Travis connects regularly with Dunkin' employees in meetings called Coffee Chats. One such discussion prompted a change in the company's family-leave policy, adding four weeks to the existing six weeks for parents and allowing for more-flexible schedules, he says in his book.

Demonstrating a D&I Culture

An organization's leader must set the cultural tone, but HR has a vital role in putting forward what the culture should be, Travis said. That includes a responsibility to bring the importance of D&I to the top leader's attention if it's not on his or her radar.

Travis was president and CEO of Papa John's from 2005-08, president and chief operating officer of Blockbuster from 1994-2004 and senior vice president of HR at Burger King from 1989-91.

"Culture is not a 'thing' you pull off the shelf," he told SHRM Online. "It's something a bit like a birth of a child. It's born, it's supported, it's nurtured, it's encouraged. It truly embraces differences," including viewpoints and how people approach problems.

With D&I, "you have to make sure it is seen as making the business better" and not just something nice to do, he noted.

Papa John's CEO Steve Ritchie pledged in an August online letter to the public that the company "will demonstrate that a diverse and inclusive culture exists at Papa John's through our deeds and actions."

That includes, he said, identifying an outside expert to audit the company's processes, policies and systems as they relate to diversity and inclusion, supplier engagement, and company culture. A special committee of the board will oversee the audit.

"Racism and any insensitive language, no matter what the context, simply cannot—and will not—be tolerated at any level of our company," he wrote.

Ritchie and Victoria Russell, the company's chief of diversity, equity and inclusion, went on a multi-city listening tour over the summer so that employees could share their concerns.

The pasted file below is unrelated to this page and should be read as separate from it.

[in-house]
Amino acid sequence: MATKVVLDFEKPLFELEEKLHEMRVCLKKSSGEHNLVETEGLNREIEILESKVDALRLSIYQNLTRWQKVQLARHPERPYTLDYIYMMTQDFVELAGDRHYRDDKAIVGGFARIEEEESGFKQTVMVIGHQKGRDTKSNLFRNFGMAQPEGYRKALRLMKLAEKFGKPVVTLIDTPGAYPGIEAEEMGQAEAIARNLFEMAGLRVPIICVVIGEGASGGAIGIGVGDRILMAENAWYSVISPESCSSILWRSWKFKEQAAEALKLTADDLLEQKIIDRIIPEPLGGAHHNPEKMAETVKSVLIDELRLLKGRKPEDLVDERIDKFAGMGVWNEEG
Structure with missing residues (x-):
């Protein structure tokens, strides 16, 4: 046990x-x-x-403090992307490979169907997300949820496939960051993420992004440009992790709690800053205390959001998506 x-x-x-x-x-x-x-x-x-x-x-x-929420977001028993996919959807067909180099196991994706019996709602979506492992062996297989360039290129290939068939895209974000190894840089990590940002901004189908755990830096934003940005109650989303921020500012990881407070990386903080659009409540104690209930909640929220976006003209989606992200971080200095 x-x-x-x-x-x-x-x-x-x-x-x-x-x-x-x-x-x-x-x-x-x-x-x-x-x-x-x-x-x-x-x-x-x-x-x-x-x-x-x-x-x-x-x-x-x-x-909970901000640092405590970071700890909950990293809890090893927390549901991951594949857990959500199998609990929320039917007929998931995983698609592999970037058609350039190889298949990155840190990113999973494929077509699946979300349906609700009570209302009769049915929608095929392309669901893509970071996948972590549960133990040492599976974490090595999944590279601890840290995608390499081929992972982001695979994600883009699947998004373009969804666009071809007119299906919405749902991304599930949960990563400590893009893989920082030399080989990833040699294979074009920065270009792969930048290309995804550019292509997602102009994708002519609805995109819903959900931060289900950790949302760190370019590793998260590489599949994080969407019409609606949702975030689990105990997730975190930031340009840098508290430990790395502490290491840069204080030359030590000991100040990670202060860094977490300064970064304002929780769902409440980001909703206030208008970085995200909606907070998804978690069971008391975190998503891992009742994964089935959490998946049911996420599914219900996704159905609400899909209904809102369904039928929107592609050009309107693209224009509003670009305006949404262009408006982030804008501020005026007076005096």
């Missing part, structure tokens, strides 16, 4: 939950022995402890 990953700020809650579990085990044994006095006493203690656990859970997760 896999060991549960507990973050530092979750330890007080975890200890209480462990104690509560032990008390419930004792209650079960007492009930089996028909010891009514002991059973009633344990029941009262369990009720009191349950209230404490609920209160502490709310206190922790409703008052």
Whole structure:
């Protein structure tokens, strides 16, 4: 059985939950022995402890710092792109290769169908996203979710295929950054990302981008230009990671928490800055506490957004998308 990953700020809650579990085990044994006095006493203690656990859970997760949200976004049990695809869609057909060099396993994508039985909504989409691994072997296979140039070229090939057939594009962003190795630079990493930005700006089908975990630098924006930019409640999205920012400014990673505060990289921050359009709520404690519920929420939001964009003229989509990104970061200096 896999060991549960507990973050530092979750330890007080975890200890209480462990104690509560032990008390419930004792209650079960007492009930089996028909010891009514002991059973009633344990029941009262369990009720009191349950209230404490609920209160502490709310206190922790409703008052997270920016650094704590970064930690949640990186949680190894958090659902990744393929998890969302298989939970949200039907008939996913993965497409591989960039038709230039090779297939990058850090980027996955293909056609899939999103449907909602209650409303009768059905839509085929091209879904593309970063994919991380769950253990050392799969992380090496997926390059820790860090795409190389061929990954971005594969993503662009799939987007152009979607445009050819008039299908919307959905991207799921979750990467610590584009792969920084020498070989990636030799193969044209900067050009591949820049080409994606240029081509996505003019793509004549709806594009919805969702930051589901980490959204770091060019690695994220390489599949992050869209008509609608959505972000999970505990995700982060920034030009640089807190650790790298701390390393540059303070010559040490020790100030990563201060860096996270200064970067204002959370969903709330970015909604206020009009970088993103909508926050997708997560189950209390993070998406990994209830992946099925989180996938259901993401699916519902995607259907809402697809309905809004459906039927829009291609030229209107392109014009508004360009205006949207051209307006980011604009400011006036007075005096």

In an attempt to regain the public's trust, Papa John's apologized to customers in a Facebook ad that used tweets from customers expressing disappointment and outrage. The company thanked them for their anger, criticism and honesty, noting "it is making us better."

In an online statement, Ritchie outlined other steps the company has taken or will take:

  • Diversifying the company's leadership team.
  • Assembling a special advisory group made up of nationally respected diversity, equity and inclusion experts.
  • Establishing a process for communicating progress against transparent goals to everyone in the Papa John's family.
  • Having all employees undergo diversity training; the leadership team already has done so, he said.

Papa John's did not respond to requests from SHRM Online for comment about its D&I initiatives. However, D&I training "was already in the works" before Schnatter's comments made headlines, Russell said in an interview with another news outlet.

"The blessing in disguise is that this situation has allowed more time, attention and resources to be paid to this initiative," she said in the Sept. 24 article. "Our trainings are definitely coming," but, unlike Starbucks, "it won't involve shutting down all operations for a day."